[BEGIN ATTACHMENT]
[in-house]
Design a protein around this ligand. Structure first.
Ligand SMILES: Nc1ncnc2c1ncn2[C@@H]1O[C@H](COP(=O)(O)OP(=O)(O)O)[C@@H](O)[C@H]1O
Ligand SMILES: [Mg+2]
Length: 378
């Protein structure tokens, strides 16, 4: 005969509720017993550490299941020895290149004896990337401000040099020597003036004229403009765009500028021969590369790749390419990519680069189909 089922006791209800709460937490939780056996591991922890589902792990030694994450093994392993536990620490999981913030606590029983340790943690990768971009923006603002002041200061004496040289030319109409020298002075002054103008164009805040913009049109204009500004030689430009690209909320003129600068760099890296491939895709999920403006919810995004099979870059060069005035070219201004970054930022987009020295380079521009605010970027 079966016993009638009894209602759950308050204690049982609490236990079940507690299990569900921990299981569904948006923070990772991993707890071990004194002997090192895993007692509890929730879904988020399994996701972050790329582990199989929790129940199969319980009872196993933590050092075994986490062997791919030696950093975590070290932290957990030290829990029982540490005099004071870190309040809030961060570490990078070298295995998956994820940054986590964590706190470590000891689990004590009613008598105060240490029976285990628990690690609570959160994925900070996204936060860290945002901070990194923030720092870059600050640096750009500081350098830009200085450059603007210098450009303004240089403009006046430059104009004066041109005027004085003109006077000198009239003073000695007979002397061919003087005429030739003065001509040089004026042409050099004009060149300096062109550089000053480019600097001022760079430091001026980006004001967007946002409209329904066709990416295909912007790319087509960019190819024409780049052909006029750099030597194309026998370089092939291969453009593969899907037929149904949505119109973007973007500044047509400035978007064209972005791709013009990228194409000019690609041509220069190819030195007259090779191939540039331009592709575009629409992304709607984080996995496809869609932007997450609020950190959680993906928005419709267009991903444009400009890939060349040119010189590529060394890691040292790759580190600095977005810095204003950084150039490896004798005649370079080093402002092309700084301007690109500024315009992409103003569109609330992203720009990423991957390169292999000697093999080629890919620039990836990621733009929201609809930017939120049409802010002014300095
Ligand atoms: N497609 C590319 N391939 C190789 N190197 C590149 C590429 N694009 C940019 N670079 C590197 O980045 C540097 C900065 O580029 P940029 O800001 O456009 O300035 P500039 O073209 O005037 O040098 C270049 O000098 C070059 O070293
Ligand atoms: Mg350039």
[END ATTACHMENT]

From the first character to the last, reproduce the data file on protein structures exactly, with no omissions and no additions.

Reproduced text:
[in-house]
Design a protein around this ligand. Structure first.
Ligand SMILES: Nc1ncnc2c1ncn2[C@@H]1O[C@H](COP(=O)(O)OP(=O)(O)O)[C@@H](O)[C@H]1O
Ligand SMILES: [Mg+2]
Length: 378
């Protein structure tokens, strides 16, 4: 005969509720017993550490299941020895290149004896990337401000040099020597003036004229403009765009500028021969590369790749390419990519680069189909 089922006791209800709460937490939780056996591991922890589902792990030694994450093994392993536990620490999981913030606590029983340790943690990768971009923006603002002041200061004496040289030319109409020298002075002054103008164009805040913009049109204009500004030689430009690209909320003129600068760099890296491939895709999920403006919810995004099979870059060069005035070219201004970054930022987009020295380079521009605010970027 079966016993009638009894209602759950308050204690049982609490236990079940507690299990569900921990299981569904948006923070990772991993707890071990004194002997090192895993007692509890929730879904988020399994996701972050790329582990199989929790129940199969319980009872196993933590050092075994986490062997791919030696950093975590070290932290957990030290829990029982540490005099004071870190309040809030961060570490990078070298295995998956994820940054986590964590706190470590000891689990004590009613008598105060240490029976285990628990690690609570959160994925900070996204936060860290945002901070990194923030720092870059600050640096750009500081350098830009200085450059603007210098450009303004240089403009006046430059104009004066041109005027004085003109006077000198009239003073000695007979002397061919003087005429030739003065001509040089004026042409050099004009060149300096062109550089000053480019600097001022760079430091001026980006004001967007946002409209329904066709990416295909912007790319087509960019190819024409780049052909006029750099030597194309026998370089092939291969453009593969899907037929149904949505119109973007973007500044047509400035978007064209972005791709013009990228194409000019690609041509220069190819030195007259090779191939540039331009592709575009629409992304709607984080996995496809869609932007997450609020950190959680993906928005419709267009991903444009400009890939060349040119010189590529060394890691040292790759580190600095977005810095204003950084150039490896004798005649370079080093402002092309700084301007690109500024315009992409103003569109609330992203720009990423991957390169292999000697093999080629890919620039990836990621733009929201609809930017939120049409802010002014300095
Ligand atoms: N497609 C590319 N391939 C190789 N190197 C590149 C590429 N694009 C940019 N670079 C590197 O980045 C540097 C900065 O580029 P940029 O800001 O456009 O300035 P500039 O073209 O005037 O040098 C270049 O000098 C070059 O070293
Ligand atoms: Mg350039």